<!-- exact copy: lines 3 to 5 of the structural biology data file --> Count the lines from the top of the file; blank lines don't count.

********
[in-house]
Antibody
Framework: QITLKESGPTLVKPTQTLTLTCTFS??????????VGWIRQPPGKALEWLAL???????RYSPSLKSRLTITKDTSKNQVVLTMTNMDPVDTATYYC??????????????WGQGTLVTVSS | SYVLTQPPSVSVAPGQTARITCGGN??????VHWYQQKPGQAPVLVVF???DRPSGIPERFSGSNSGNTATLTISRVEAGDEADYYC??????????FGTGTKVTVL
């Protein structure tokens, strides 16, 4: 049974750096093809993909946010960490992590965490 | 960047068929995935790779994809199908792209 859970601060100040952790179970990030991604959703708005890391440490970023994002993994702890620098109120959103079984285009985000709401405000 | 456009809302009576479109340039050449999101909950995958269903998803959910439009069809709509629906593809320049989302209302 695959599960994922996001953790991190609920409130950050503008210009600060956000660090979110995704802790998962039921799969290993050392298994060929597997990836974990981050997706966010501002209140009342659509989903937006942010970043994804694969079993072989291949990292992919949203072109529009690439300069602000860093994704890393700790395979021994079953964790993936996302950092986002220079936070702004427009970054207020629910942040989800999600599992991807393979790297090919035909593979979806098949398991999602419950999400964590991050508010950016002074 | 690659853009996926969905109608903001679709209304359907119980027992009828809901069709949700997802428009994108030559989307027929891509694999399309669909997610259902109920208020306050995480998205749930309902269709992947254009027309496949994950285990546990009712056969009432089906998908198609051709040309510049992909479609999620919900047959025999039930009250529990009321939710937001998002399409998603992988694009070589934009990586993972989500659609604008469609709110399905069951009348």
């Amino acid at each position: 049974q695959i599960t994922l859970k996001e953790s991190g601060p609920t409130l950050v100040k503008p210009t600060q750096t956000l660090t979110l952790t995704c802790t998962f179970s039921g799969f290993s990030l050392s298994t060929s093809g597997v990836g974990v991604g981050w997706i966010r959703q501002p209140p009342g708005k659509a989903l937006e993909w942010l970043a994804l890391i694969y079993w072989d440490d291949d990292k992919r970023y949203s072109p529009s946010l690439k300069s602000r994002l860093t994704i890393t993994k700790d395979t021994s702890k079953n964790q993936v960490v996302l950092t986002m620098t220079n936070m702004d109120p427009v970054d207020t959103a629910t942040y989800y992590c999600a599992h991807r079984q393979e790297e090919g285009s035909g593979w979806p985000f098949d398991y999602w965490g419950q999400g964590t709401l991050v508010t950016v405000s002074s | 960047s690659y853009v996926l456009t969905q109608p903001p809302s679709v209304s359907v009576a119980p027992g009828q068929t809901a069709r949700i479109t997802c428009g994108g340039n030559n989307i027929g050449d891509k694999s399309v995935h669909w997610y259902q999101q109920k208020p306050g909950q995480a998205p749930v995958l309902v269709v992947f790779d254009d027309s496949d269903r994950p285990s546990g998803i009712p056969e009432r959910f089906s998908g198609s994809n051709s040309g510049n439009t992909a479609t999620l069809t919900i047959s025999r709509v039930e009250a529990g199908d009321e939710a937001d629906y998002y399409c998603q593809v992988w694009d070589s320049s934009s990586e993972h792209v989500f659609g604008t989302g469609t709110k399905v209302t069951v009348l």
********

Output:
Framework: QITLKESGPTLVKPTQTLTLTCTFS??????????VGWIRQPPGKALEWLAL???????RYSPSLKSRLTITKDTSKNQVVLTMTNMDPVDTATYYC??????????????WGQGTLVTVSS | SYVLTQPPSVSVAPGQTARITCGGN??????VHWYQQKPGQAPVLVVF???DRPSGIPERFSGSNSGNTATLTISRVEAGDEADYYC??????????FGTGTKVTVL
């Protein structure tokens, strides 16, 4: 049974750096093809993909946010960490992590965490 | 960047068929995935790779994809199908792209 859970601060100040952790179970990030991604959703708005890391440490970023994002993994702890620098109120959103079984285009985000709401405000 | 456009809302009576479109340039050449999101909950995958269903998803959910439009069809709509629906593809320049989302209302 695959599960994922996001953790991190609920409130950050503008210009600060956000660090979110995704802790998962039921799969290993050392298994060929597997990836974990981050997706966010501002209140009342659509989903937006942010970043994804694969079993072989291949990292992919949203072109529009690439300069602000860093994704890393700790395979021994079953964790993936996302950092986002220079936070702004427009970054207020629910942040989800999600599992991807393979790297090919035909593979979806098949398991999602419950999400964590991050508010950016002074 | 690659853009996926969905109608903001679709209304359907119980027992009828809901069709949700997802428009994108030559989307027929891509694999399309669909997610259902109920208020306050995480998205749930309902269709992947254009027309496949994950285990546990009712056969009432089906998908198609051709040309510049992909479609999620919900047959025999039930009250529990009321939710937001998002399409998603992988694009070589934009990586993972989500659609604008469609709110399905069951009348």
């Amino acid at each position: 049974q695959i599960t994922l859970k996001e953790s991190g601060p609920t409130l950050v100040k503008p210009t600060q750096t956000l660090t979110l952790t995704c802790t998962f179970s039921g799969f290993s990030l050392s298994t060929s093809g597997v990836g974990v991604g981050w997706i966010r959703q501002p209140p009342g708005k659509a989903l937006e993909w942010l970043a994804l890391i694969y079993w072989d440490d291949d990292k992919r970023y949203s072109p529009s946010l690439k300069s602000r994002l860093t994704i890393t993994k700790d395979t021994s702890k079953n964790q993936v960490v996302l950092t986002m620098t220079n936070m702004d109120p427009v970054d207020t959103a629910t942040y989800y992590c999600a599992h991807r079984q393979e790297e090919g285009s035909g593979w979806p985000f098949d398991y999602w965490g419950q999400g964590t709401l991050v508010t950016v405000s002074s | 960047s690659y853009v996926l456009t969905q109608p903001p809302s679709v209304s359907v009576a119980p027992g009828q068929t809901a069709r949700i479109t997802c428009g994108g340039n030559n989307i027929g050449d891509k694999s399309v995935h669909w997610y259902q999101q109920k208020p306050g909950q995480a998205p749930v995958l309902v269709v992947f790779d254009d027309s496949d269903r994950p285990s546990g998803i009712p056969e009432r959910f089906s998908g198609s994809n051709s040309g510049n439009t992909a479609t999620l069809t919900i047959s025999r709509v039930e009250a529990g199908d009321e939710a937001d629906y998002y399409c998603q593809v992988w694009d070589s320049s934009s990586e993972h792209v989500f659609g604008t989302g469609t709110k399905v209302t069951v009348l």